The Real Russia. Today.

Unmarried mothers struggle for state assistance in Perm, while Russia sets out to protect WWII memories using viral videos.

Story of the day:

A daddy wins you 60,000 rubles ($1,000): young mothers in Perm can get state subsidies, but only if they’re married. But the region’s acting governor wants to open this assistance to all women, and he’s ordered local lawmakers to adopt amendments that would correct what he says is a violation of the rights of single mothers and their children. Currently, Perm’s government will only provide subsidies to married mothers or mothers who can prove their children’s paternity. Meduza looks at how Perm came to reconsider its treatment of these women. Story in English

Russia and the West:

  • Russia will launch a viral-video campaign in a bid to memorialize the sacrifices of Soviet soldiers in World War II. Meeting with Vladimir Putin on Thursday, politicians pledged to use the “truth as their weapon” to discredit Western governments waging a “full-scale information war” on Russia's past. Story in English
  • A 28-year-old German-Russian national has been arrested on suspicion of attacking the Borussia Dortmund soccer team with three homemade bombs. German police detained the suspect — identified only as Sergei W. — in the Tuebingen area of southwest Germany on Friday morning. Prosecutors say the suspect bought a large number of put-option shares in Borussia Dortmund, guaranteeing a set price for the shares if he wanted to sell them later. Story in English
  • The European Union has denounced a decision by the Russian Supreme Court to brand Jehovah’s Witnesses as “extremists” and ban their activities. EU Foreign Affairs chief Federica Mogherini's office said on April 21 that the ruling "could make it possible to launch criminal prosecutions against Jehovah's Witnesses for mere acts of worship."
  • Context: On Thursday, Russia’s Supreme Court ruled against Jehovah’s Witnesses’ administrative headquarters in St. Petersburg, banning Jehovah’s Witnesses’ activities nationwide. The court also ordered the state to seize the group's property.

Also in the news:

  • Zaur Dadaev, a former officer in Chechnya’s “Sever” battalion, says police scripted his confession to murdering Boris Nemtsov. Dadaev says officers had to record his confession in March 2015 in several different takes because he kept forgetting the words scripted by lead interrogator Igor Krasnov. Story in English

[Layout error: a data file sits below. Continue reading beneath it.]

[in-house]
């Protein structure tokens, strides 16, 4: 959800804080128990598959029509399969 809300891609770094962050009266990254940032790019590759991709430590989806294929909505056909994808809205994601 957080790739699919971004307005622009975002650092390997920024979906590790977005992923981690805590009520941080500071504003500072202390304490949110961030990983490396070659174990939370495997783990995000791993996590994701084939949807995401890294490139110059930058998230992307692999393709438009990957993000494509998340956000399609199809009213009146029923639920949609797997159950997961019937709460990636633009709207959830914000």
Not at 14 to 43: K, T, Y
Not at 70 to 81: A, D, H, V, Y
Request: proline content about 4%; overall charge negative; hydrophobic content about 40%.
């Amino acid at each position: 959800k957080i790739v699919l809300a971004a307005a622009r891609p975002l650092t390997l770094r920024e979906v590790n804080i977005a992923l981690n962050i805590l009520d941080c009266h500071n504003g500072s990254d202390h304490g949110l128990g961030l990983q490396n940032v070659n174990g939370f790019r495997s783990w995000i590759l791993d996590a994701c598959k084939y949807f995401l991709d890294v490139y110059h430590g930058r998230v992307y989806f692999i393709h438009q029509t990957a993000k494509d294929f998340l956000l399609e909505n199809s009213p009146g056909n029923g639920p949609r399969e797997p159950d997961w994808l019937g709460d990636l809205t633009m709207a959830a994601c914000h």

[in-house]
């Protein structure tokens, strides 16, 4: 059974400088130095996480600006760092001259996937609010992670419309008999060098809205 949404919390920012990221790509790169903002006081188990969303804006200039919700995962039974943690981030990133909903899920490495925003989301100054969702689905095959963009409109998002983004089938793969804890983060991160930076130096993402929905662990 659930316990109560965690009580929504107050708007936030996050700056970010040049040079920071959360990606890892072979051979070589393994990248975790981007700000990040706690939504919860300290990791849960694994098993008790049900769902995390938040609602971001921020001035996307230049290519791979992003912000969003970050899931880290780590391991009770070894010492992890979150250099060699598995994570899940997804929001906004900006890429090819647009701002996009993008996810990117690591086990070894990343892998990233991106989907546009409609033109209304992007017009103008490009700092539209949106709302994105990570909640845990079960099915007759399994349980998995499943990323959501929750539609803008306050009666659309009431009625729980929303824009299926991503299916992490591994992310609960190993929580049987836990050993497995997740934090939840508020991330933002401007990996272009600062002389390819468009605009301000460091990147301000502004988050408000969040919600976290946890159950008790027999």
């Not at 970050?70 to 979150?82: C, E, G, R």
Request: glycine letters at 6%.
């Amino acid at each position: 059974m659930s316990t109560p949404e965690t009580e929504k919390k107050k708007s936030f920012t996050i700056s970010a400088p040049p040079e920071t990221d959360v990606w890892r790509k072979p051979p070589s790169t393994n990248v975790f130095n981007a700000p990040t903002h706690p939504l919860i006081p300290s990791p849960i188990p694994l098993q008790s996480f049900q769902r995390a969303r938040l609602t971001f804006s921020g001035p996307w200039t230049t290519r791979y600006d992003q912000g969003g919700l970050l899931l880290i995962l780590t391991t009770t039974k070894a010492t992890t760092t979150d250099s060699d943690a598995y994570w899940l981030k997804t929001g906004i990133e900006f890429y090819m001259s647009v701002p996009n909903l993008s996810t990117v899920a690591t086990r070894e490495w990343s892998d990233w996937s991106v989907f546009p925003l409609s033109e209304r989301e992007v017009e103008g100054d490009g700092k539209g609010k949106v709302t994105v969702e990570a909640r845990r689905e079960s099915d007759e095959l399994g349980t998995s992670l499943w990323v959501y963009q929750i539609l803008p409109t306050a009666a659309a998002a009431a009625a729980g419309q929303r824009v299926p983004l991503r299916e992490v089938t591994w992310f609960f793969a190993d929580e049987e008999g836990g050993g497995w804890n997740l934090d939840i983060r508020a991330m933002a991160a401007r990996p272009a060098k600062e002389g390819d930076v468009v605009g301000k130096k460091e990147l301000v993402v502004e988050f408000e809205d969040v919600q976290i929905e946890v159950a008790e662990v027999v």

• Context: Footage of Dadaev’s interrogation was published by the newspaper Kommersant on April 18, a day before his testimony was introduced as evidence in the murder case against him. In the video, Dadaev explains that he decided to kill Nemtsov because of the politician’s statements in support of satirical French magazine Charlie Hebdo, which infamously published cartoons mocking the Prophet Muhammad. At the trial, Dadaev said he did not know Nemtsov at all, and even confused him with the late Boris Berezovsky. Dadaev said he spent the day of the murder at home, because he was ill.
  • More than half of Russians want to see Lenin's body removed from the mausoleum in Red Square, according to a new survey. Most Russians (63 percent) now agree with the idea that Lenin’s body should be buried. This is a slight rise since last year, when the same figure was 60 percent, according to surveys conducted by the Russian Public Opinion Research Center. The latest poll indicates that 39 percent of the respondents consider the Lenin Mausoleum to be a tourist attraction and are indifferent to the issue, while 18 percent say the body of Lenin, great leader that he was, rightfully remains at the heart of the country. Data in English

Yours, Meduza